What MS treatment is like for me
Nevertheless, here I am. On the Tysabri journey of discovery.
Starting a new MS treatment
It’s been nearly 16 years since I was diagnosed with MS and in that time I’ve been on Rebif, Copaxone and Avonex – none of which reduced my relapses.
It had been an awful year for my MS: my fatigue was shocking, I was tingly and I couldn’t walk far before the pain started and I stiffened up regularly. I was also suffering from cognitive symptoms like bad concentration, mixing up words and occasionally slurring.
So after having two flare ups in quick succession last year, it was time to get out the ‘big guns’.
I say ‘big guns’ because Tysabri is more effective than the treatments I’d been on before. It’s only prescribed to people who’ve had more than one relapse a year, so this was the first time I’d been eligible.
Although, with this comes more serious side effects. And Tysabri certainly has its fair share. The most serious being the brain infection Progressive Multifocal Leukoencephalopathy (PML) which can cause severe complications.
I was given all the information to look through. And after having lots of conversations with my consultant neurologist and MS nurse, I finally decided to give it a go. It wasn’t an easy decision.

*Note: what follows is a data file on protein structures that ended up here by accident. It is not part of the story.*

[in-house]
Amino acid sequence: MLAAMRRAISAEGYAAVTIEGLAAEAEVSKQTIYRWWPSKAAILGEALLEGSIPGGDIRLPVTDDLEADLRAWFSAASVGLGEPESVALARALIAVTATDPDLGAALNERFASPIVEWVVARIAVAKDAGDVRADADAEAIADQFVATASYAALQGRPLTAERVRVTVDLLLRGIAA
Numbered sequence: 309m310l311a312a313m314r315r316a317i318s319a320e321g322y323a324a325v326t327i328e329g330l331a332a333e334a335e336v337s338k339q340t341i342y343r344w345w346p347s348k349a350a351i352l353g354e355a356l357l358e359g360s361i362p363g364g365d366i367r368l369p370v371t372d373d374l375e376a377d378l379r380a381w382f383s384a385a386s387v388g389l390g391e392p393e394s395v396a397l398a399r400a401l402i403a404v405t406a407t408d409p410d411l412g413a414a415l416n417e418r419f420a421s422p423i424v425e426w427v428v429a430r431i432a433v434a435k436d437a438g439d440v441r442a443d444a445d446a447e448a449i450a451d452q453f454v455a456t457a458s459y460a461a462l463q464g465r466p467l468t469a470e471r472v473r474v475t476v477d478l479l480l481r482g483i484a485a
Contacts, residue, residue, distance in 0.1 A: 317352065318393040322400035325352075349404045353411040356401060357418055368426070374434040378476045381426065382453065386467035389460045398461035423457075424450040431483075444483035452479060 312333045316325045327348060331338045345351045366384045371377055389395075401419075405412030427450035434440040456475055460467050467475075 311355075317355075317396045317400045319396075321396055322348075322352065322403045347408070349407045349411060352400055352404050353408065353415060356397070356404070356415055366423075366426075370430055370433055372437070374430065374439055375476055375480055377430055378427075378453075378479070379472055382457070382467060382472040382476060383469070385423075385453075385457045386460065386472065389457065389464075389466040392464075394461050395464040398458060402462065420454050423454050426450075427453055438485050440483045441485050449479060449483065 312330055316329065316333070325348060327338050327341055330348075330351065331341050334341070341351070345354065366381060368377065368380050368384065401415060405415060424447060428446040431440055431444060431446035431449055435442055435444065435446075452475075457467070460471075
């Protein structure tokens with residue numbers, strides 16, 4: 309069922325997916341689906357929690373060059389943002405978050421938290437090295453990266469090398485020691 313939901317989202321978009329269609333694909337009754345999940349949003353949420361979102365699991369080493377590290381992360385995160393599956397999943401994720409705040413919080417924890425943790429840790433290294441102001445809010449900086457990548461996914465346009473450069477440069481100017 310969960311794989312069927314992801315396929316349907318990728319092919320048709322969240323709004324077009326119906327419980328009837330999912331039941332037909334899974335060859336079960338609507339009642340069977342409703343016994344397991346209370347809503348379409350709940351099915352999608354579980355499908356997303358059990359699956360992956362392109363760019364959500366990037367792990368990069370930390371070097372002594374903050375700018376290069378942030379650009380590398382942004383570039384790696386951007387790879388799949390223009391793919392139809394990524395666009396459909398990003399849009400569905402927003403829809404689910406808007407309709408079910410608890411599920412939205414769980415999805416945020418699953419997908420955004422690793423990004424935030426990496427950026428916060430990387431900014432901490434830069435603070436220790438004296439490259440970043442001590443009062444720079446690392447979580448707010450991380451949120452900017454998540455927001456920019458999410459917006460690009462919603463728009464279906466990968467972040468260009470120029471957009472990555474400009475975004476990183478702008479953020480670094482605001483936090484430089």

What’s Tysabri like for me?
But now I’m on Tysabri, what has it been like?
Well, I didn’t have any side effects from the infusion. It could have been psychological or a coincidence, but the day after I really felt like my walking had improved.
I didn’t feel as stiff and achy, so I managed a decent walk around the park with my family – without the usual uncomfortable twinges and pain. It felt liberating and I felt great.
The MS hug
Then the ‘hugs’ began. I had suffered from the MS hug during my last relapse, and it’s far from a cuddle. For me it feels like having a stitch on either side of my ribs, coupled with awful back pain. Not too pleasant!
I started to have the ‘hugs’ more frequently over Christmas, lasting for hours at a time. Twice they were so uncomfortable I vomited, which was truly the icing on the cake!
My MS nurse explained that Tysabri keeps the white blood cells from entering the brain and spinal cord. Because of this, it can aggravate past lesions and some symptoms may become more pronounced.
I have to have infusions every four weeks. So far I’ve only had two so I’m very new to the treatment. This month it’s going well and I’ve been more stable.
I still have bad days, but on good days I see the difference. I’ve definitely been able to keep going for longer, and I just feel sort of...brighter.
My concentration and cognitive symptoms have been better and I haven’t had a hug. So all being well, it’s looking positive...long may it continue!
Chloe has relapsing remitting MS. She lives in Bristol with her husband, two kids and a miniature schnauzer called Obi. She's been blogging about being a mum with MS for six years and is an aspiring writer.